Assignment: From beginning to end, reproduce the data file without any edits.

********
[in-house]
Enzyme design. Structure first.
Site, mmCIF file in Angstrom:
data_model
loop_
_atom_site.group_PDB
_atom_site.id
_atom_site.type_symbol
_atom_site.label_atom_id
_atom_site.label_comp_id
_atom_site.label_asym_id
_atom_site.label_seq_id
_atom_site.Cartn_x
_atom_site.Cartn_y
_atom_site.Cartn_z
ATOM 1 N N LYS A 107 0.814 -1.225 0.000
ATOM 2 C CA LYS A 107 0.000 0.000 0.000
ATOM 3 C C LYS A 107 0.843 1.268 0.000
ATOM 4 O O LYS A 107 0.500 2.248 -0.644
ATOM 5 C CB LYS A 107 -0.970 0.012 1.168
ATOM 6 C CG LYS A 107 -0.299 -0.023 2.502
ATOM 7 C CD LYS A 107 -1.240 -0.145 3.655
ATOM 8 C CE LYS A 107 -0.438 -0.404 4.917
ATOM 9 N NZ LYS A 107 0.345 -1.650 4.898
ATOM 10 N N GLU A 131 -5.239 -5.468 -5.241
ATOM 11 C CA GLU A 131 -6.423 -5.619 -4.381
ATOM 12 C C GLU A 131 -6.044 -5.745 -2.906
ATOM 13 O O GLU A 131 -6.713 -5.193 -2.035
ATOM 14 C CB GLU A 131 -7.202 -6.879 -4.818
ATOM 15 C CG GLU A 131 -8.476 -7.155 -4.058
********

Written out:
[in-house]
Enzyme design. Structure first.
Site, mmCIF file in Angstrom:
data_model
loop_
_atom_site.group_PDB
_atom_site.id
_atom_site.type_symbol
_atom_site.label_atom_id
_atom_site.label_comp_id
_atom_site.label_asym_id
_atom_site.label_seq_id
_atom_site.Cartn_x
_atom_site.Cartn_y
_atom_site.Cartn_z
ATOM 1 N N LYS A 107 0.814 -1.225 0.000
ATOM 2 C CA LYS A 107 0.000 0.000 0.000
ATOM 3 C C LYS A 107 0.843 1.268 0.000
ATOM 4 O O LYS A 107 0.500 2.248 -0.644
ATOM 5 C CB LYS A 107 -0.970 0.012 1.168
ATOM 6 C CG LYS A 107 -0.299 -0.023 2.502
ATOM 7 C CD LYS A 107 -1.240 -0.145 3.655
ATOM 8 C CE LYS A 107 -0.438 -0.404 4.917
ATOM 9 N NZ LYS A 107 0.345 -1.650 4.898
ATOM 10 N N GLU A 131 -5.239 -5.468 -5.241
ATOM 11 C CA GLU A 131 -6.423 -5.619 -4.381
ATOM 12 C C GLU A 131 -6.044 -5.745 -2.906
ATOM 13 O O GLU A 131 -6.713 -5.193 -2.035
ATOM 14 C CB GLU A 131 -7.202 -6.879 -4.818
ATOM 15 C CG GLU A 131 -8.476 -7.155 -4.058